So those who are, will try to finesse these developments into something shiner. The BS will get weeded out, in court or elsewhere–and the best of it will shine. If not…some other “Amazon” will come along and create a newer model, and onward will go the change until the right thing “takes” and it becomes the new model.

      And whether or not Amazon is on a grander scale than libraries…isn’t that really moot? All those who desire to participate in renting books [for the most part] KNOW about libraries. If they really wanted to get a book for free, I think they would be able to do that.

      Yes, there’s LOTS of crap out there, but I think that’s only because proportionally or not so proportionally there are SO many more people out there, and writing has become so “easy” (come on, work with me here!). Everyone wants to try their hands a “getting rich quick,” or “getting famous.” It’s just the way it is today. For every door that closes, another opens. Big Six closed their doors…Amazon opened theirs.

      I have to admit, I’ve only become so interested in all this because I found Amazon was publishing, so it piqued my interest (and yes, I am submitting to them). I’m trying to understand where they’re coming from. I don’t really have a feeling one way or the other on the renting of books, if done right, because people spend so much money everywhere (e.g., Starbucks!). People will pay for whatever they want, and if that smothers away libraries, than the people willed it and it will be a sad day, indeed. But we all get what we CREATE.

      Ok, again I’m running long. Short of getting involved like the movers and shakers of the industry, I have to focus on the positives and continue to do what I feel is best. Keep writing, fighting the good fight, remain optimistic, and submit, submit, submit….

      Thanks to everyone for stopping by and commenting. Your Thank You cards will shortly be in the mail…. ;-]

  4. HoarseMan says:

    OK, Mr. D. Great article and nice insight. Tying this to something I just read about “The Twitter” not for selling books, I’d like to toss in something else about Amazon that is almost overlooked. The “Twitter” article painted some dismal numbers comparing electronic promotion to “Old Media.”

    Amazon (along with Smashwords, etc) are giving writers an opportunity to break the old molds — and do things that could NEVER happen in the TRADosphere.

    So what if a story is about TODAY, NOW? It doesn’t matter if people can buy it THIS AFTERNOON, which also goes to say that it doesn’t have to match an arbitrary word count criterion to give it “value.”?

    So what if the story asks the reader to really engage, to become an active participant, not a passive reader?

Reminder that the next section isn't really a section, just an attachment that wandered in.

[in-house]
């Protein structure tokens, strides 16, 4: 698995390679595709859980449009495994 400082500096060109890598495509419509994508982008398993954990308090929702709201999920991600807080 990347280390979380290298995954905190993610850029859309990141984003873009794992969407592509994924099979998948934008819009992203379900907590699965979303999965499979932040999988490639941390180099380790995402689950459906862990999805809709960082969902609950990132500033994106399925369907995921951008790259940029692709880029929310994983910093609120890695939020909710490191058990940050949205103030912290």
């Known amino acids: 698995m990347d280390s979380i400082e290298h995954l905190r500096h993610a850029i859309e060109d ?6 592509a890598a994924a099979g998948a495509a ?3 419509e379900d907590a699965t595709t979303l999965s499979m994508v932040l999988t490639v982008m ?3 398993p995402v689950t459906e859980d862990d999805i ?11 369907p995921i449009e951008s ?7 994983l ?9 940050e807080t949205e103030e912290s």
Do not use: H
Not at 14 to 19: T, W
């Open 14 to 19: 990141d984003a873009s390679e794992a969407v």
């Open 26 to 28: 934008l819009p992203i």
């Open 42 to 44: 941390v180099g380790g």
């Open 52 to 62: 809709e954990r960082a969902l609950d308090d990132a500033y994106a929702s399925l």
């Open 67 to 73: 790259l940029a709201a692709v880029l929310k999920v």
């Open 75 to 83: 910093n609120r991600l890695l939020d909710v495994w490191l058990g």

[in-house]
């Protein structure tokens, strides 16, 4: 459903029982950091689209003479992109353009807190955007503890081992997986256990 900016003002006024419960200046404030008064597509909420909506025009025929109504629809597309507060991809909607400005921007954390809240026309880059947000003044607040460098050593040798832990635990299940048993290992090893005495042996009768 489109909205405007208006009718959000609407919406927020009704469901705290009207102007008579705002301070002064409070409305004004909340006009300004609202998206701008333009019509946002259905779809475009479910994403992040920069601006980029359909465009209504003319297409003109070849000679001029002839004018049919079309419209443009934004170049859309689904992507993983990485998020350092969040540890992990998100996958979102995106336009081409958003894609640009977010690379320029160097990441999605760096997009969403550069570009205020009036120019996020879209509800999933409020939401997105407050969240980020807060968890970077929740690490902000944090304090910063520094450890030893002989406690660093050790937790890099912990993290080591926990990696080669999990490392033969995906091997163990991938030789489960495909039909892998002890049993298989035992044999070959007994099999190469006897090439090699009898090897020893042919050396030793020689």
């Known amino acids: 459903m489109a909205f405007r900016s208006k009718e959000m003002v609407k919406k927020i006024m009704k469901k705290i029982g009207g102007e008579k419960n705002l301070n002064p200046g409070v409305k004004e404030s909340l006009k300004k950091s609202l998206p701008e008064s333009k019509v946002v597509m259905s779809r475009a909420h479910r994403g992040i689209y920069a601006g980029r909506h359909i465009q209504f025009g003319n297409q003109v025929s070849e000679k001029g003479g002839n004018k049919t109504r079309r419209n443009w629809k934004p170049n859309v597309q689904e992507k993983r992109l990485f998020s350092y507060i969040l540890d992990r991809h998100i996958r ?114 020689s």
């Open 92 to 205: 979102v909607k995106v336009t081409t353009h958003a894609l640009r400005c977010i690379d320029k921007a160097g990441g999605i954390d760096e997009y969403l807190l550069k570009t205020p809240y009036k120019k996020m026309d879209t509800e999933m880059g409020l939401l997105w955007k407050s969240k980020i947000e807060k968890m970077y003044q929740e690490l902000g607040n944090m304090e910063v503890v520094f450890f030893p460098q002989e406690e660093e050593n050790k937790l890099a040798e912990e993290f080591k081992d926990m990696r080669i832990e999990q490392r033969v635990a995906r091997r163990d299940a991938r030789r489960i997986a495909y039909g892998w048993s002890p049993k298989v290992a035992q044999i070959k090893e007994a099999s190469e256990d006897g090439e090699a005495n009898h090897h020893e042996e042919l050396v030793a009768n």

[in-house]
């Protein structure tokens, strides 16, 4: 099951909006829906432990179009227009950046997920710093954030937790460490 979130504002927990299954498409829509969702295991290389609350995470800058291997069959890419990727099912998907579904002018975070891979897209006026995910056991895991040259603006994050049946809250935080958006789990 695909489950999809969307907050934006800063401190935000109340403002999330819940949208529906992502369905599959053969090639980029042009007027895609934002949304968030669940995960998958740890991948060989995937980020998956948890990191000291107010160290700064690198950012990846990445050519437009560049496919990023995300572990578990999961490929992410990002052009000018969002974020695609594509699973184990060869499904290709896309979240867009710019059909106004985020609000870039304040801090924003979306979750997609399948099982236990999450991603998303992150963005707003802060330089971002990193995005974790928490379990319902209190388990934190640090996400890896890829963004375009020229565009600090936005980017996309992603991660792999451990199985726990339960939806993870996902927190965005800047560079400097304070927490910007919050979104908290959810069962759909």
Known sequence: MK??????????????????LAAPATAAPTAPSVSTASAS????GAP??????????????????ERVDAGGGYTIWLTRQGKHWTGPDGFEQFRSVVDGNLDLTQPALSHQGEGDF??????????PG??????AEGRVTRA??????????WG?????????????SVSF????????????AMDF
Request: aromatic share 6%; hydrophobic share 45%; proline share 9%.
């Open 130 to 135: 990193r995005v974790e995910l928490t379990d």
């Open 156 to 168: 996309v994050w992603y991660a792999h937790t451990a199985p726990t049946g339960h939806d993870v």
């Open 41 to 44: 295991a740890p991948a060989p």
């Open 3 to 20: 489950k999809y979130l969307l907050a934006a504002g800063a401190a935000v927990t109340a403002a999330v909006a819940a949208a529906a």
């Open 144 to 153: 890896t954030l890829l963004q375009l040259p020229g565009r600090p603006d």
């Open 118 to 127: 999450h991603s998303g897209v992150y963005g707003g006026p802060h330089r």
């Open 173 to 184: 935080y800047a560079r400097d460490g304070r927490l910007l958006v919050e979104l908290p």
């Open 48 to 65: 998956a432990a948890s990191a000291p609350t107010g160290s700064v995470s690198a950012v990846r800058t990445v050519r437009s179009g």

So what if it’s not “the way we’ve always done things?”

    Maybe the reason books sell so much better when promoted through “Old Media” is that books (whether paper, “e”, or laser imprinted on the cortex), as long as they continue to follow the Old Models of storytelling, are Old Media themselves.

    Go ahead, call me a troublemaking rabble-rouser.

  5. fpdorchak says:

    You’re right, rabble-rouser Ron, YOU and Smashwords are making inroads into the interactive package. That had slipped my mind. Thing is, personally, I don’t find interactive reading all that to MY tastes. I do like the traditional book experience of “just” READING a book. I don’t want to “play around” with a book, but I find that others do, so more power to them. Good point.

    I think as much as social media doesn’t “sell books,” as in one of my previous posts, they “do.” They do in that EVERYTHING someone does is promoting themselves and that, in turn, helps sell whatever it is they do, whether selling books, movies, or artwork. But I think it is true that social media, in and of itself, is NOT the selling point, the be-all-end-all to finanicial success. IT’s “word of mouth,” however defined, in the old days, backyard banter, today, FB and Tweets. Example: perhaps THE MOST popular blog post I’ve ever done had nothign to do with me. It had to do with a really cool video, called Plot Device. I’ve gotten HUNDREDS (maybe thousands?! haven’t yet figured out how to find the total for a individual post’s cumulative hits–can you help me there, with that, Ron?) of hits on that baby, and all I was doing was passing it on by “word of mouth.” So, I do believe that word of mouth IS still the best, but the mechanics of that effort are changing. In and of themselves, no, I don’t think social media is the Holy Grail, but it is one method of “speading the word.”

    BTW, I have nothing against so-called “old media,” I think it stuck around for so long because it worked. This “new wave,” also works. It ALL works. But the problem, as I see it, is that so many more works are being thrown out there in incredible amounts, all vying for the increasingly limited “air waves,” that it is getting tougher to make oneself known. Still, I think the truly good works will make themselves known…by “word of mouth,” again, however defined.

  6. Pingback: Let’s Kindle a Fire in HD « Runnin Off at the Mouth….